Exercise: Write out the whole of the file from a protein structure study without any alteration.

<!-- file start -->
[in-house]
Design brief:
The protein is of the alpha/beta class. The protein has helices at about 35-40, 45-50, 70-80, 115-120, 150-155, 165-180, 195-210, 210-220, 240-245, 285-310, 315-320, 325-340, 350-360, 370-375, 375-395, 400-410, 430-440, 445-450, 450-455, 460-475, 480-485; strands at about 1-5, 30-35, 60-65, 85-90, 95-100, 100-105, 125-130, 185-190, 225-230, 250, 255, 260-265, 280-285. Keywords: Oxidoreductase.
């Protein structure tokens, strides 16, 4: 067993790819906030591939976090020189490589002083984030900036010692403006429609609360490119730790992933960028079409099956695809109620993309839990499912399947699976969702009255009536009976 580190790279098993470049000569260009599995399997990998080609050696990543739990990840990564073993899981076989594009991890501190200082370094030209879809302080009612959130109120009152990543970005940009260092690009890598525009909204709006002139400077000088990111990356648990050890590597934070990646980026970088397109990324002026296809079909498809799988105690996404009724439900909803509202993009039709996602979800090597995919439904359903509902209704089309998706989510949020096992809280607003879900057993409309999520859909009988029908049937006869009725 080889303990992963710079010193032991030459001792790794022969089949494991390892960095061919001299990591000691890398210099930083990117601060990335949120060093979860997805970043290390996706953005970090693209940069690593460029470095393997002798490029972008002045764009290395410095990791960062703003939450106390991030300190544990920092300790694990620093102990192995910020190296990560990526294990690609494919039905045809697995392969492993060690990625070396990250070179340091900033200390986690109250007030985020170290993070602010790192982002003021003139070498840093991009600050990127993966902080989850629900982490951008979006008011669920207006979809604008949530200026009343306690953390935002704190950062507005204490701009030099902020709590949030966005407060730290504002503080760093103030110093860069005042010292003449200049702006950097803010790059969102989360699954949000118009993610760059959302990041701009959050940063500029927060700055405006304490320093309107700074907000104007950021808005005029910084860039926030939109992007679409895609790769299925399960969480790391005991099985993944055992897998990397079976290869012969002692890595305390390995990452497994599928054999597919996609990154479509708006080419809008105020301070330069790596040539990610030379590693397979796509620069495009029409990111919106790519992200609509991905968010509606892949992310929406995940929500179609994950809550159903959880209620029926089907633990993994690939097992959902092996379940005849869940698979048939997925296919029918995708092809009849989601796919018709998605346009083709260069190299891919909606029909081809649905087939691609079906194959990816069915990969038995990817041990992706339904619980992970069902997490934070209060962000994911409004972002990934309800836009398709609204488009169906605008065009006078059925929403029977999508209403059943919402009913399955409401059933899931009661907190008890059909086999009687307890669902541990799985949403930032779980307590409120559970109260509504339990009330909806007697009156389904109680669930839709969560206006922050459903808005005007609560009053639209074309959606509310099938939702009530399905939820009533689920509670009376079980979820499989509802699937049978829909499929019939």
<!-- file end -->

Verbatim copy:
[in-house]
Design brief:
The protein is of the alpha/beta class. The protein has helices at about 35-40, 45-50, 70-80, 115-120, 150-155, 165-180, 195-210, 210-220, 240-245, 285-310, 315-320, 325-340, 350-360, 370-375, 375-395, 400-410, 430-440, 445-450, 450-455, 460-475, 480-485; strands at about 1-5, 30-35, 60-65, 85-90, 95-100, 100-105, 125-130, 185-190, 225-230, 250, 255, 260-265, 280-285. Keywords: Oxidoreductase.
């Protein structure tokens, strides 16, 4: 067993790819906030591939976090020189490589002083984030900036010692403006429609609360490119730790992933960028079409099956695809109620993309839990499912399947699976969702009255009536009976 580190790279098993470049000569260009599995399997990998080609050696990543739990990840990564073993899981076989594009991890501190200082370094030209879809302080009612959130109120009152990543970005940009260092690009890598525009909204709006002139400077000088990111990356648990050890590597934070990646980026970088397109990324002026296809079909498809799988105690996404009724439900909803509202993009039709996602979800090597995919439904359903509902209704089309998706989510949020096992809280607003879900057993409309999520859909009988029908049937006869009725 080889303990992963710079010193032991030459001792790794022969089949494991390892960095061919001299990591000691890398210099930083990117601060990335949120060093979860997805970043290390996706953005970090693209940069690593460029470095393997002798490029972008002045764009290395410095990791960062703003939450106390991030300190544990920092300790694990620093102990192995910020190296990560990526294990690609494919039905045809697995392969492993060690990625070396990250070179340091900033200390986690109250007030985020170290993070602010790192982002003021003139070498840093991009600050990127993966902080989850629900982490951008979006008011669920207006979809604008949530200026009343306690953390935002704190950062507005204490701009030099902020709590949030966005407060730290504002503080760093103030110093860069005042010292003449200049702006950097803010790059969102989360699954949000118009993610760059959302990041701009959050940063500029927060700055405006304490320093309107700074907000104007950021808005005029910084860039926030939109992007679409895609790769299925399960969480790391005991099985993944055992897998990397079976290869012969002692890595305390390995990452497994599928054999597919996609990154479509708006080419809008105020301070330069790596040539990610030379590693397979796509620069495009029409990111919106790519992200609509991905968010509606892949992310929406995940929500179609994950809550159903959880209620029926089907633990993994690939097992959902092996379940005849869940698979048939997925296919029918995708092809009849989601796919018709998605346009083709260069190299891919909606029909081809649905087939691609079906194959990816069915990969038995990817041990992706339904619980992970069902997490934070209060962000994911409004972002990934309800836009398709609204488009169906605008065009006078059925929403029977999508209403059943919402009913399955409401059933899931009661907190008890059909086999009687307890669902541990799985949403930032779980307590409120559970109260509504339990009330909806007697009156389904109680669930839709969560206006922050459903808005005007609560009053639209074309959606509310099938939702009530399905939820009533689920509670009376079980979820499989509802699937049978829909499929019939």